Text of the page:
The Hubble Constant and the Expanding Universe
A newly refined value of H0, the expansion rate of the universe, may herald a first step toward a new era of "precision" cosmology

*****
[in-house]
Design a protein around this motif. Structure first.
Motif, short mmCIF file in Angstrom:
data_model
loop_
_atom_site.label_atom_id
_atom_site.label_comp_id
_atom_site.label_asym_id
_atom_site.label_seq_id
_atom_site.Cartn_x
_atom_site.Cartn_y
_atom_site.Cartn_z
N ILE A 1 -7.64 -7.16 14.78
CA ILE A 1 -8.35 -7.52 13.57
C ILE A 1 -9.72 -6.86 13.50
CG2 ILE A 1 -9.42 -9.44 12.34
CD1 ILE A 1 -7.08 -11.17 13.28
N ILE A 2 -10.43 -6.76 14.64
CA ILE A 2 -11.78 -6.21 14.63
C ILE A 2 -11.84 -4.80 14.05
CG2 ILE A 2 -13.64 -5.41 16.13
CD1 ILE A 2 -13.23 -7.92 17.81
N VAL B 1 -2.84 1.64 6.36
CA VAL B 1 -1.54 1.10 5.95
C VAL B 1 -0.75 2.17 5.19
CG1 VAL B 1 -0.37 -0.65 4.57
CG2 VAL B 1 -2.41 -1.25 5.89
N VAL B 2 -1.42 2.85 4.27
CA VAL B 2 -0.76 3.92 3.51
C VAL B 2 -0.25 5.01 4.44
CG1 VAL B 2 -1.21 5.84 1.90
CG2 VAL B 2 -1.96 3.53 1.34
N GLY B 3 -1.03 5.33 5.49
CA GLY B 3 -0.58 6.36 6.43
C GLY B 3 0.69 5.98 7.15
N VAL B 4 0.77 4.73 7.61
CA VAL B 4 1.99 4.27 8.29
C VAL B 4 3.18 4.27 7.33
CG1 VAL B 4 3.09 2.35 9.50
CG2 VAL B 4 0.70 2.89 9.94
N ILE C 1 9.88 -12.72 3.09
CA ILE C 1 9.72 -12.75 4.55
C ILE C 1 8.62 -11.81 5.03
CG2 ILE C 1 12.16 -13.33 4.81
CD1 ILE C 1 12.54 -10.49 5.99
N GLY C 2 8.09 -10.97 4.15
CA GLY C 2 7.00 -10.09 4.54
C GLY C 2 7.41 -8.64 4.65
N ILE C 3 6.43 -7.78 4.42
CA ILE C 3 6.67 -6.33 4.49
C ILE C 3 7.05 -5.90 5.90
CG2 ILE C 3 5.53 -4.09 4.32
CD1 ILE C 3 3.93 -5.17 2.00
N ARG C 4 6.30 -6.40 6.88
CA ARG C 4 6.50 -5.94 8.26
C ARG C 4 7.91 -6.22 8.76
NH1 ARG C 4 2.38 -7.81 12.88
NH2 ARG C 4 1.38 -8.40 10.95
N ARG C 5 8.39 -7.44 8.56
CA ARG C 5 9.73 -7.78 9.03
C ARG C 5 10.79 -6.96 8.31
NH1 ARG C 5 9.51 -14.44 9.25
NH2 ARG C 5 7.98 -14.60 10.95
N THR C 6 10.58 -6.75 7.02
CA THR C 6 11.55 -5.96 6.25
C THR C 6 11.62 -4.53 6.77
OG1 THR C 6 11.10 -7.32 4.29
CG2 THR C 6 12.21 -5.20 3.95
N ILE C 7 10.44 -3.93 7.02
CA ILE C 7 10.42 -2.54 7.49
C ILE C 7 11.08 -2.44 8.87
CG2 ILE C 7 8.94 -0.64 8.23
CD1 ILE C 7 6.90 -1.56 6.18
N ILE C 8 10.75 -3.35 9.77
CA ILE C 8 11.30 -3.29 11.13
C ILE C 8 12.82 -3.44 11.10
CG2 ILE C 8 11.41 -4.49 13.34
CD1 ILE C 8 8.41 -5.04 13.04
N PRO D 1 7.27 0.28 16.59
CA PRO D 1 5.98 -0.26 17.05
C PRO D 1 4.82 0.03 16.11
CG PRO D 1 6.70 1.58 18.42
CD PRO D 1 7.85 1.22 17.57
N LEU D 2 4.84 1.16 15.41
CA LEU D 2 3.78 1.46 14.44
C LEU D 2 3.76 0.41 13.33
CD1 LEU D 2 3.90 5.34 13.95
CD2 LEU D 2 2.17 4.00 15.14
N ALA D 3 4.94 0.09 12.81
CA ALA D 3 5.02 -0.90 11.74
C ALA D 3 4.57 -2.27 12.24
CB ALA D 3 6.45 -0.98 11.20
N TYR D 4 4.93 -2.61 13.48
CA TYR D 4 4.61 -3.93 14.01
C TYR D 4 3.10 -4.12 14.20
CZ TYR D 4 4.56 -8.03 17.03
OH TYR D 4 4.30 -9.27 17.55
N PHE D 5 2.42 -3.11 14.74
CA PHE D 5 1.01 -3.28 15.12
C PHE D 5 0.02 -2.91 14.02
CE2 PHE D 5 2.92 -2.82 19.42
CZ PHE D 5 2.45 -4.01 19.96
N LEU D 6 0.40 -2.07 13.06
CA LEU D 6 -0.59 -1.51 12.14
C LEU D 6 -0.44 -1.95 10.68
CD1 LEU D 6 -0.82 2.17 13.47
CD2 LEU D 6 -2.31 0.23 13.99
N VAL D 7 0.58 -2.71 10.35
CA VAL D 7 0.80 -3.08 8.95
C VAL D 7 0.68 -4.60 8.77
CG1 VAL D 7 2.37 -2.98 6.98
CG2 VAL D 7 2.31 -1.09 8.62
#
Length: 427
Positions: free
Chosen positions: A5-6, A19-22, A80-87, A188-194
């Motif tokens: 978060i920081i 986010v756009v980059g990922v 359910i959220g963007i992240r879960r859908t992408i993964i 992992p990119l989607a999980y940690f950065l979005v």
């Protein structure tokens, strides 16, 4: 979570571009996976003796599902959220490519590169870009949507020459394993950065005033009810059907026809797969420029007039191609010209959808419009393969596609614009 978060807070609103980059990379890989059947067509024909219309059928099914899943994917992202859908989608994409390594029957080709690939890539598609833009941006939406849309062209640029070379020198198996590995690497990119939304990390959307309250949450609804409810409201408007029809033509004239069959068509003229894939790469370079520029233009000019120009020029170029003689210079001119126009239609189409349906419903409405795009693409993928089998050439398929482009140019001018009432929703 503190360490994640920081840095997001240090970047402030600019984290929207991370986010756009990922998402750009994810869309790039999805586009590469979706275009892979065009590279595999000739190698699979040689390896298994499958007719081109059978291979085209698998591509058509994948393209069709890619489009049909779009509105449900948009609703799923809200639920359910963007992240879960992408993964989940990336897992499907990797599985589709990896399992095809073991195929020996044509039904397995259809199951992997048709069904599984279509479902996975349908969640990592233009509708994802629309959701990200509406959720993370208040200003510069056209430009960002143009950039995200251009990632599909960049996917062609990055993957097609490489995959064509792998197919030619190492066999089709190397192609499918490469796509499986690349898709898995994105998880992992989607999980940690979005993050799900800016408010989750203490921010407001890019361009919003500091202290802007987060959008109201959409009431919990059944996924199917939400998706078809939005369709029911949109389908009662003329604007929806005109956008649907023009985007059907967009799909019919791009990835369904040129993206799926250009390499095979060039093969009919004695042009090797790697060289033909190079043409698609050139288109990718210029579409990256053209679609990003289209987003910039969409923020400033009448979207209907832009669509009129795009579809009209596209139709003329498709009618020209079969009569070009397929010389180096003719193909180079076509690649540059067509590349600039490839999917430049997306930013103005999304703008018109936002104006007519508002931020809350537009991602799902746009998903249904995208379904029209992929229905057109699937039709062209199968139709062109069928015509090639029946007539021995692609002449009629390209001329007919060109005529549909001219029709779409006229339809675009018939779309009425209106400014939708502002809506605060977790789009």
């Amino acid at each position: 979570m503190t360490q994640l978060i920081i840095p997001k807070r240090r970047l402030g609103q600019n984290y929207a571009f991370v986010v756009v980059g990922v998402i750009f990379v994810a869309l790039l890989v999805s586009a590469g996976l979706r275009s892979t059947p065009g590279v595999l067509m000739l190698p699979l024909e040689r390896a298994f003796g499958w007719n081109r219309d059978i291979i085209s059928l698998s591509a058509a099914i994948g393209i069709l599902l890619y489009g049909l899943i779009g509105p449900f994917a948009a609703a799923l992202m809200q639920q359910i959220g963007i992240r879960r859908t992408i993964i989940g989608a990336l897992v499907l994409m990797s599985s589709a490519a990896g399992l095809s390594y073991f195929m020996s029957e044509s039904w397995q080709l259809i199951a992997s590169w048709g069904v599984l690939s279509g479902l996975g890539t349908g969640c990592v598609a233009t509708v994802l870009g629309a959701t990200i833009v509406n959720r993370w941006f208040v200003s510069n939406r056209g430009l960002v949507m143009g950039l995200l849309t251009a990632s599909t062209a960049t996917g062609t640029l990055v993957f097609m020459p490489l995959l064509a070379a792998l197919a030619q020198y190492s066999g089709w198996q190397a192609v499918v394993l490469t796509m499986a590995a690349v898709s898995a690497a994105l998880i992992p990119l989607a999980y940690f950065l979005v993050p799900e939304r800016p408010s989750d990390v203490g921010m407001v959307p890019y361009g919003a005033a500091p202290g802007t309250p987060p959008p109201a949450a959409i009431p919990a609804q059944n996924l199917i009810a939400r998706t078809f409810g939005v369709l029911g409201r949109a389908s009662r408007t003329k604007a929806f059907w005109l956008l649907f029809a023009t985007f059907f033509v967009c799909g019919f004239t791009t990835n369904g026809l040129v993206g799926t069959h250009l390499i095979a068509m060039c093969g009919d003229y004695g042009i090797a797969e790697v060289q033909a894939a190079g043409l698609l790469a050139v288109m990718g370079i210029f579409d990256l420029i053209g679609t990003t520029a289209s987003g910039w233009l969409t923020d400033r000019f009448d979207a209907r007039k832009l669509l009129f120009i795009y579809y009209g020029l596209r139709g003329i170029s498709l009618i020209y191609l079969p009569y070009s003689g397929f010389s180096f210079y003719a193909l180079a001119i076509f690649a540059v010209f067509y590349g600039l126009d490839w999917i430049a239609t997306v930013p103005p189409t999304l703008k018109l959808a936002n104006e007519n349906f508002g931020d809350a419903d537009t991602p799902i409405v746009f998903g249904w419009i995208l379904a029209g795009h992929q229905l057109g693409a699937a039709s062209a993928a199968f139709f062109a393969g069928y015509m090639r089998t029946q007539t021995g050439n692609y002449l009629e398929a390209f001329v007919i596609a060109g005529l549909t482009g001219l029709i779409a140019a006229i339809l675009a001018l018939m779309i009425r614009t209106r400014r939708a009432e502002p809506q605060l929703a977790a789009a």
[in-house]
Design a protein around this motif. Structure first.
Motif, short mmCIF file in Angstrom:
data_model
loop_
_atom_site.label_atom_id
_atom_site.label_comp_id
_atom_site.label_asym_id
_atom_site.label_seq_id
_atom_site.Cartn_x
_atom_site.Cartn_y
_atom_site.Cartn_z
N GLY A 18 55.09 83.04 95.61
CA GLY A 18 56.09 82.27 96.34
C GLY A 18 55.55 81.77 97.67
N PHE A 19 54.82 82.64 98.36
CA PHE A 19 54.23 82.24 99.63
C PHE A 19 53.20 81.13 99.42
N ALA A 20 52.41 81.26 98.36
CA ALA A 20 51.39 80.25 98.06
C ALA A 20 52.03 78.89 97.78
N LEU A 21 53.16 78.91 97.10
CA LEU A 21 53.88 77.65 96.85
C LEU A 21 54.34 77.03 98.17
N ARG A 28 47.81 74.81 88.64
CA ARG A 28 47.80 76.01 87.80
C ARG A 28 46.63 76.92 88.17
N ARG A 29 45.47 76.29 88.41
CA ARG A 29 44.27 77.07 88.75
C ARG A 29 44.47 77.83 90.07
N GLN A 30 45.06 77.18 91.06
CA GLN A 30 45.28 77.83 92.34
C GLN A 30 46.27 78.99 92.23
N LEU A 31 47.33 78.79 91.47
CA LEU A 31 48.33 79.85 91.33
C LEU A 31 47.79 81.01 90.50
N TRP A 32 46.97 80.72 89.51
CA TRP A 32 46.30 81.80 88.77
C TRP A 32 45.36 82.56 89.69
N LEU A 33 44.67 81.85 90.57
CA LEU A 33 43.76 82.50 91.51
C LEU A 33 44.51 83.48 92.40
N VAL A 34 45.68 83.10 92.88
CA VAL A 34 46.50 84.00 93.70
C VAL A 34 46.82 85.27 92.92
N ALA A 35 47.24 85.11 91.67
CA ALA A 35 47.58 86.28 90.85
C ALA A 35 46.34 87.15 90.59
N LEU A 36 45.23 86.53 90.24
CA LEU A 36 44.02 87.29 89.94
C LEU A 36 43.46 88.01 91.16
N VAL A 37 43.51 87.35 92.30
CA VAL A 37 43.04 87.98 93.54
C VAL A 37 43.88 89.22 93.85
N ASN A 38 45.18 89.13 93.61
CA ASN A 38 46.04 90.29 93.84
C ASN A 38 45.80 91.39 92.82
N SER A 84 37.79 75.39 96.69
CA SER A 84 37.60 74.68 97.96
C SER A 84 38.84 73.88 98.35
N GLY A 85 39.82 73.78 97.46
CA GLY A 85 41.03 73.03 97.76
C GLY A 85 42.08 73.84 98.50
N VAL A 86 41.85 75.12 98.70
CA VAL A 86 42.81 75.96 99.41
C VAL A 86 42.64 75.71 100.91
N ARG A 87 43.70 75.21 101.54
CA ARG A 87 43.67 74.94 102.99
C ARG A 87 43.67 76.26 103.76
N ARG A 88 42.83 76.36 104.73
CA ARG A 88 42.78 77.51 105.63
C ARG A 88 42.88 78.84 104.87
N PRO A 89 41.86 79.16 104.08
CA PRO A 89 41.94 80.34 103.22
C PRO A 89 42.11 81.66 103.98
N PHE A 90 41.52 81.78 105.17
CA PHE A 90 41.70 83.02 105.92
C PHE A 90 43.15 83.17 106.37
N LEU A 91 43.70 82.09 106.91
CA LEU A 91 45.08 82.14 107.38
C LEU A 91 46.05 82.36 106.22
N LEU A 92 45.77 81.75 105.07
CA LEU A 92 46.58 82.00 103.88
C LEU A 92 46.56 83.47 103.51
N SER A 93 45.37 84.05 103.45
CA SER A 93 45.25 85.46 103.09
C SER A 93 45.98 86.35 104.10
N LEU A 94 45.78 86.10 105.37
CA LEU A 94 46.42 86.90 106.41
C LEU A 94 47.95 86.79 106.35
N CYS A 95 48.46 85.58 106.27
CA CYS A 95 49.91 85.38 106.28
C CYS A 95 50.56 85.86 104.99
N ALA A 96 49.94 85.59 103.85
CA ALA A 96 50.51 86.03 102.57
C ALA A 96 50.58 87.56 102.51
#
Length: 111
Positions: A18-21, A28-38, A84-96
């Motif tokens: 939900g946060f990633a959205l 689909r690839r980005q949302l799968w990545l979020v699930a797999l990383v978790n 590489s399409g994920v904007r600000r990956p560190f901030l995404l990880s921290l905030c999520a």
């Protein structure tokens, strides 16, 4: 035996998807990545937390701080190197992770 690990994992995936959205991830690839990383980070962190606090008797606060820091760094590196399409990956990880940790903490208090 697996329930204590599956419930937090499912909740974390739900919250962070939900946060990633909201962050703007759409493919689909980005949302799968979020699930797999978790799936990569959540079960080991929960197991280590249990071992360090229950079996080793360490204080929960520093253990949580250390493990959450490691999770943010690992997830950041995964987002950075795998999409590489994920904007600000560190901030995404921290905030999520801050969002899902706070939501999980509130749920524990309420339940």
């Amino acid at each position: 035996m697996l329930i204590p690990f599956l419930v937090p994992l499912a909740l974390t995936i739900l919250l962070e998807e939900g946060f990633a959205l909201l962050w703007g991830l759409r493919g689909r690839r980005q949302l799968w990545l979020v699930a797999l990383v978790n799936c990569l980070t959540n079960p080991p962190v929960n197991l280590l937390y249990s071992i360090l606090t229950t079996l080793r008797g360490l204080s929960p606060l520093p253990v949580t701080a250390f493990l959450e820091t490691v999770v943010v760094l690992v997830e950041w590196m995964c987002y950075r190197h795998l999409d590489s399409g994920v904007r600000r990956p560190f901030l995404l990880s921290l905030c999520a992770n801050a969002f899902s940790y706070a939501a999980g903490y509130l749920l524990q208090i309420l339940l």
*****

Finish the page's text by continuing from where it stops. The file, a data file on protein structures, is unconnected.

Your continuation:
In 1929 Edwin Hubble proved that our universe is expanding by showing that the farther a galaxy is from us, the faster it is speeding away into space. This velocity-distance relation came to be called Hubble's law, and the value that describes the rate of expansion is known as the Hubble constant, or H0. Like the speed of light, H0 is a fundamental constant, and it is a key parameter needed to estimate both the age and size of the universe. Since the late 1950s astronomers have been arguing for an H0 value between 50 to 100 kilometers per second per megaparsec, a lack of precision that produced an unacceptably wide range of ages for the universe—anywhere from 10 to 20 billion years. Using the Hubble Space Telescope, Freedman and her colleagues measured H0 to an unprecedented level of accuracy, deriving a value of 72, with an uncertainty of 10 percent—a milestone achievement in cosmology. The new result suggests that our universe is about 13 billion years old, give or take a billion years, and it's a value that sits comfortably alongside the 12 billion years estimated for the age of the oldest stars.
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